Definitely agree that the close alignment between the company’s business and operating models is certainly one of the reasons it has remained successful for many years. As you’ve also mentioned, providing the best customer experience begins with taking care of its employees which Starbucks has been very well known for.
Interestingly, I went to a Starbucks in Boston a few weeks ago that provided no seating arrangements at all. It felt a bit unusual, since to me, the idea of Starbucks isn’t just about buying a cup of coffee, but it’s also about the environment and experience within the store. Do you think if they continue to expand in such a way (offering only to-go items), that would deviate them from their business model and turn them into just another coffeeshop?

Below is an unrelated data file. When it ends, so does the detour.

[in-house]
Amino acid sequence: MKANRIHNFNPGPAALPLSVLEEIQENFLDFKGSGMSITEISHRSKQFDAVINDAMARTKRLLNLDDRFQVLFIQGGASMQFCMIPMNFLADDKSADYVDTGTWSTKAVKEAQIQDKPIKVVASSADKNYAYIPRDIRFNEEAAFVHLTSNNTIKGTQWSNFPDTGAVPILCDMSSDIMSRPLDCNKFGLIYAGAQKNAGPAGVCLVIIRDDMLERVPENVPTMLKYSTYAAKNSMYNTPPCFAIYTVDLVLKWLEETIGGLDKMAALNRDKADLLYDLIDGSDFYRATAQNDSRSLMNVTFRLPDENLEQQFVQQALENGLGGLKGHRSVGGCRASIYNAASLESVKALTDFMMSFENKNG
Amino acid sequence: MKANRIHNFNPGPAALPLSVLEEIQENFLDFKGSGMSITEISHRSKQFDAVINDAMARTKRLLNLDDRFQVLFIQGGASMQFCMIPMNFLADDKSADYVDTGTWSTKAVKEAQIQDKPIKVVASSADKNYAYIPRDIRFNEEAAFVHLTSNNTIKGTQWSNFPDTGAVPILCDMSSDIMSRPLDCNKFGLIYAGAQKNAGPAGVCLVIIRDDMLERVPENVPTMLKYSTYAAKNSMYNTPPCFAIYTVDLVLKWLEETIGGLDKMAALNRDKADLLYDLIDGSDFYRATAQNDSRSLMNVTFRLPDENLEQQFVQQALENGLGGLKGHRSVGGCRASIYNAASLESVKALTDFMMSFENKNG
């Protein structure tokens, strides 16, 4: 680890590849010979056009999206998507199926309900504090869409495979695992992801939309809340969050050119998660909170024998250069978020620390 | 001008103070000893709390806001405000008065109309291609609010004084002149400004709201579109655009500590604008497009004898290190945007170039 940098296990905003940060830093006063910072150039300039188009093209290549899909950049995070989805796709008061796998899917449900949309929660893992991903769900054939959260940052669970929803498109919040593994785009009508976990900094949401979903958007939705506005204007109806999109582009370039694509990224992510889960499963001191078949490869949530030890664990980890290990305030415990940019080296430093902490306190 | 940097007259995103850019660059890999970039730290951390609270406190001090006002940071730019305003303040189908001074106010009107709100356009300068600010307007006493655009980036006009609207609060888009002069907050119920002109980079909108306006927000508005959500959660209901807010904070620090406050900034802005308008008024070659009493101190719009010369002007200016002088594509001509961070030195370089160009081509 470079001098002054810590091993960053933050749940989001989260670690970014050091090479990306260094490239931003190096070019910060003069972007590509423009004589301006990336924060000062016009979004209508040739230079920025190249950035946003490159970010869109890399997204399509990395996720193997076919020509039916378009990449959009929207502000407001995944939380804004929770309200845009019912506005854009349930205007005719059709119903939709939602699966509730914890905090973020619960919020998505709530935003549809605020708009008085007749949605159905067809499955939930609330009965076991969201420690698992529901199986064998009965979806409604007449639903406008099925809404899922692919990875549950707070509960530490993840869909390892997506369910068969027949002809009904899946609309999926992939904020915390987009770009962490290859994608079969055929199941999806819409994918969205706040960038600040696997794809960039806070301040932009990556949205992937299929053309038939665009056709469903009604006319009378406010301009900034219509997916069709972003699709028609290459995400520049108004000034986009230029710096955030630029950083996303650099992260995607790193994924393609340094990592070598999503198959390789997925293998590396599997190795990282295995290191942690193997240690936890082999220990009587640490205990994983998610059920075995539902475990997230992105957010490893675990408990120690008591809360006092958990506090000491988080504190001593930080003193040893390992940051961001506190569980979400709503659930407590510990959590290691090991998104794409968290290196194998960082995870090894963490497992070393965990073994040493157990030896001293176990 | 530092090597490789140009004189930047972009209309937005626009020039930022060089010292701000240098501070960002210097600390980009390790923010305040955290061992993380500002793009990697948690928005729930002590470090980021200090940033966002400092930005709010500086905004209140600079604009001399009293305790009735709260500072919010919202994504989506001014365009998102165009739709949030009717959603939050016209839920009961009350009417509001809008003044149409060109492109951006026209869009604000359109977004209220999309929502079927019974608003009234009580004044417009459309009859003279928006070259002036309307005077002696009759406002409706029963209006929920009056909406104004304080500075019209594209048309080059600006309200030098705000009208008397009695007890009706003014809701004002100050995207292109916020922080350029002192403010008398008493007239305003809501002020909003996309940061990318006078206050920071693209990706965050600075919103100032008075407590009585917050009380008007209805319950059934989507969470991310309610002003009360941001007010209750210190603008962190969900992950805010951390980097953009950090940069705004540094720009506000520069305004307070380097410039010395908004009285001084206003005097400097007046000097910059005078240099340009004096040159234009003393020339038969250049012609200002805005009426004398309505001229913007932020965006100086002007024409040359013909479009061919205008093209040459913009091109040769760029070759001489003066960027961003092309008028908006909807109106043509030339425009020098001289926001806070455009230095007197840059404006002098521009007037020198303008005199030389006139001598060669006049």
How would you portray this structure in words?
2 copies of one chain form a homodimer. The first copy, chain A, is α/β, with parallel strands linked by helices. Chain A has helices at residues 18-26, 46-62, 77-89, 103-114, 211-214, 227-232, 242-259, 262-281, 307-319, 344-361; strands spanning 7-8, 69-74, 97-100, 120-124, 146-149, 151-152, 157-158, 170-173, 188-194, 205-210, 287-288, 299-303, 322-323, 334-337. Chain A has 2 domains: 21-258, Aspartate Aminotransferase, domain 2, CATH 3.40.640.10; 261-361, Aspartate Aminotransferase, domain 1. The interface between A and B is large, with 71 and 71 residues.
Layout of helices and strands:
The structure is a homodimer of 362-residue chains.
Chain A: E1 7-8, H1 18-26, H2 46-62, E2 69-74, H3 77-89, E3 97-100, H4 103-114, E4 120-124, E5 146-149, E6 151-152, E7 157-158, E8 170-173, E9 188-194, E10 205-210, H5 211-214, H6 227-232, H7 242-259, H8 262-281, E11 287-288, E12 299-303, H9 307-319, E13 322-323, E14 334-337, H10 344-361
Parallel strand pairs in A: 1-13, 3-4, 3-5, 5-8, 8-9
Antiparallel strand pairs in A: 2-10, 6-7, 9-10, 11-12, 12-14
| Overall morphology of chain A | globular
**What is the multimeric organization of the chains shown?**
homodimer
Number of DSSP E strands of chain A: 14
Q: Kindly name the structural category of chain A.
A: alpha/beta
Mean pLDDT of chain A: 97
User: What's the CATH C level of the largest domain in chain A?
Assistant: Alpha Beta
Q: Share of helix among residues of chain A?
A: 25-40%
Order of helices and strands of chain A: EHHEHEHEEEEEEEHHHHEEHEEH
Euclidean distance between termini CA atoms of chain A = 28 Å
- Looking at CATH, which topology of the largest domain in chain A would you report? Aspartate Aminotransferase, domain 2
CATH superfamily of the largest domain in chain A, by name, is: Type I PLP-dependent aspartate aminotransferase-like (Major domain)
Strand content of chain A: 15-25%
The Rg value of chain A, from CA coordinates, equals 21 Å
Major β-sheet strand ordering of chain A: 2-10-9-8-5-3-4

Such an interesting concept and I love the creativity! However, once the chain grows and customers demand more variety in the menu options, how would that change their operating model and their speed? I wonder if offering all vegetarian and few options might limit their potential customer base, and therefore make this a niche concept rather than a scalable one.
Having used Careem a few times while in Dhahran, Saudi Arabia, I can attest to the great and certainly generous service provided. I found it impressive that they had developed their own location database, given how much on-going construction there is in many of the local roads.
However, since Careem has no strong competition at the moment in many cities of Saudi Arabia, I do wonder what would happen if Uber expanded from the country’s capital and into other cities such as Dhahran. If Uber learned and adapted to customers of the Middle East, would Careem continue to remain the favorite or would Uber’s global popularity eventually help it to increase its market share in this region?